Consumers Embracing Non-Traditional Ways to Mark Valentine’s Day
The NRF’s annual survey shows that consumer attitudes about how, or even whether, to celebrate Feb. 14 continue to evolve.
NRF conducted the survey between Jan. 3-11, polling 7,616 U.S. adult consumers.
Jewelry was the sixth most popular gift to give mentioned by survey-takers, behind the Valentine’s Day standards of candy (57 percent), greeting cards (40 percent), flowers (37 percent), an evening out (32 percent), and a gift of experience, meaning concert tickets, a spa day, skydiving, etc. (32 percent).
Twenty-one percent of consumers polled said they plan to give jewelry as a gift, with total spending potentially topping $5.5 billion.
Jewelry topped both gift cards (20 percent) and clothing (19 percent) as Valentine’s Day gifts this year.
The NRF’s survey also showed consumer attitudes about whether to celebrate Valentine’s Day, as well as how and with whom, continue to evolve in lockstep with attitudes about traditional romantic relationships.
The percentage of survey-takers who said they plan to celebrate Feb. 14 continues to hover around 50 percent (52 percent this year, down slightly from 53 percent last year), as it has for the past decade.
The last time the percentage of Valentine’s Day devotees topped 50 percent was 2013, when it stood at 60 percent.
However, a not-insignificant percentage of respondents said they plan to observe the day in a less traditional manner.
According to the NRF, 28 percent of the survey-takers who said they don’t plan to officially celebrate Valentine’s Day will still mark the day in some way, by seeking out non-Valentine’s Day gifts, treating themselves to something special, or planning a get-together or evening out with single friends and/or family members.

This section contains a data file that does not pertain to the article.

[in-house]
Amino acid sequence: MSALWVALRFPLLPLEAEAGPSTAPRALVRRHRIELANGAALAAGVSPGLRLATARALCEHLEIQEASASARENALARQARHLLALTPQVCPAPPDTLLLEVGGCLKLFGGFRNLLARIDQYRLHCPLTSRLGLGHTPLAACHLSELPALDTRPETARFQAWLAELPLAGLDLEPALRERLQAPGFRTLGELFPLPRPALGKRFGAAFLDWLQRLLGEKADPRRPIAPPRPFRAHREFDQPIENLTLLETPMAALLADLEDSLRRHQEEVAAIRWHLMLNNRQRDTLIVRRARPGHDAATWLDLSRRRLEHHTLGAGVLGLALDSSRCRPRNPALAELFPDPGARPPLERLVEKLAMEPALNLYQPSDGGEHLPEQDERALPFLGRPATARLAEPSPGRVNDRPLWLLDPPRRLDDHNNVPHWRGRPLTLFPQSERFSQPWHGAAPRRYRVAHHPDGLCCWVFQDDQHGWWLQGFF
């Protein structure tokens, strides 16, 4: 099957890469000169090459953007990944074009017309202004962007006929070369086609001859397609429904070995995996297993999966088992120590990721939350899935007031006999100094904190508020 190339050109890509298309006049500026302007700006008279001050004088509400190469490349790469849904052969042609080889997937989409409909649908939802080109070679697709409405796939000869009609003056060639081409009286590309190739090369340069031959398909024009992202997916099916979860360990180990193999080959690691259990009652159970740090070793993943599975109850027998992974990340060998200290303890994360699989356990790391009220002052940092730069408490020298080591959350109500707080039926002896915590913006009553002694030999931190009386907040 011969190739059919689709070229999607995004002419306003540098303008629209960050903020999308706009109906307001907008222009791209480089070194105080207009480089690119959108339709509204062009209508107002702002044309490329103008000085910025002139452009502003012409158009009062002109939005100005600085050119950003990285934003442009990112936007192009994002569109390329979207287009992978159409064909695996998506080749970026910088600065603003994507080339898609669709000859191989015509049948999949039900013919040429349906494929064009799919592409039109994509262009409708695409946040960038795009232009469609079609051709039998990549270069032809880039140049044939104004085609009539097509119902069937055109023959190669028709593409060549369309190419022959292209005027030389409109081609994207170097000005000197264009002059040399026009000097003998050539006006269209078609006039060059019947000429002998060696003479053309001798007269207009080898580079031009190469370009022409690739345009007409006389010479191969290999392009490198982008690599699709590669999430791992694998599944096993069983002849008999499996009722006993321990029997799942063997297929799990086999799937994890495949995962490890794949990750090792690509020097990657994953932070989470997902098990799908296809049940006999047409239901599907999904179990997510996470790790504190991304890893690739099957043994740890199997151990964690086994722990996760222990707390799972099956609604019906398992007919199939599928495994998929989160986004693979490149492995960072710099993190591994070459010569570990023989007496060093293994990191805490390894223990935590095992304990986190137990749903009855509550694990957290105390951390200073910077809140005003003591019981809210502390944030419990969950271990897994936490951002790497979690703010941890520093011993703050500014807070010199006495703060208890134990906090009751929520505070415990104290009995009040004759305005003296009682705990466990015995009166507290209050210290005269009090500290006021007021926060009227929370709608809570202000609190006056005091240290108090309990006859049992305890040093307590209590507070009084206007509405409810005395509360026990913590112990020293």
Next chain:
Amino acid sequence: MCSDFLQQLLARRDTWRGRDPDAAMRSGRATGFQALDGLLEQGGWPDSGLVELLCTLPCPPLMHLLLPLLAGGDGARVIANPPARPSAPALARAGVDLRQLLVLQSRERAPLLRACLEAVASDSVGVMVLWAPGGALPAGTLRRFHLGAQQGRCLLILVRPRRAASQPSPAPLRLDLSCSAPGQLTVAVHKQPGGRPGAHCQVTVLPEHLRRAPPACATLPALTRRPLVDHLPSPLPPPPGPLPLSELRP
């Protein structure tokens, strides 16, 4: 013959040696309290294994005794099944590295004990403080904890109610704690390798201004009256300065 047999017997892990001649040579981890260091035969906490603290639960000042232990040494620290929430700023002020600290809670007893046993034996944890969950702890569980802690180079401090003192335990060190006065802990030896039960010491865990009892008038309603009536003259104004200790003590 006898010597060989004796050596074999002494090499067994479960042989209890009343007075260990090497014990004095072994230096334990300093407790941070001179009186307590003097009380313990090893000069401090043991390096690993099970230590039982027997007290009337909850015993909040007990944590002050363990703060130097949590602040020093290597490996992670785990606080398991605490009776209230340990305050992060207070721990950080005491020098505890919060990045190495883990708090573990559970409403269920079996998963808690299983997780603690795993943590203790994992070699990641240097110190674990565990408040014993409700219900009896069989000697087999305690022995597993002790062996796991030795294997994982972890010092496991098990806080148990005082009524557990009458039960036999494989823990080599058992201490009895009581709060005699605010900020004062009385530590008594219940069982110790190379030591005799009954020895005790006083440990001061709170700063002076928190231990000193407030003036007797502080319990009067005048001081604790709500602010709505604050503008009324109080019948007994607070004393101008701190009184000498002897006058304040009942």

Meanwhile, those formally celebrating Feb. 14 plan to spend more money on people (or animals) who aren’t their significant others this year.
The average amount consumers plan to spend this Valentine’s Day is $192.80, up about $17 when compared with last year ($175.41).
While the average planned spending on gifts for significant others and family members held steady around $130, the amount people plan to spend on pets, friends, coworkers and their children’s teachers and/or classmates rose to $52.65 from $38.36 last year.
Some other points of note from the NRF’s Valentine’s Day survey:
-- Consumers ages 35 to 44 plan to spend the most of any age group, an average of $335.71 for gifts and other Valentine’s Day items;
-- The top shopping destination for Valentine’s Day gifts is online (35 percent), followed by department stores (34 percent), discount stores (31 percent) and specialty stores (18 percent);
-- More than half of consumers surveyed this year said they plan to take advantage of any sales or promotions; and
-- The percentage of consumers planning to give a gift of experience (32 percent) is up from 26 percent last year and 24 percent in 2021—when the pandemic hampered people’s ability to get out—and the highest since the NRF started asking about experiences-as-gifts in 2017.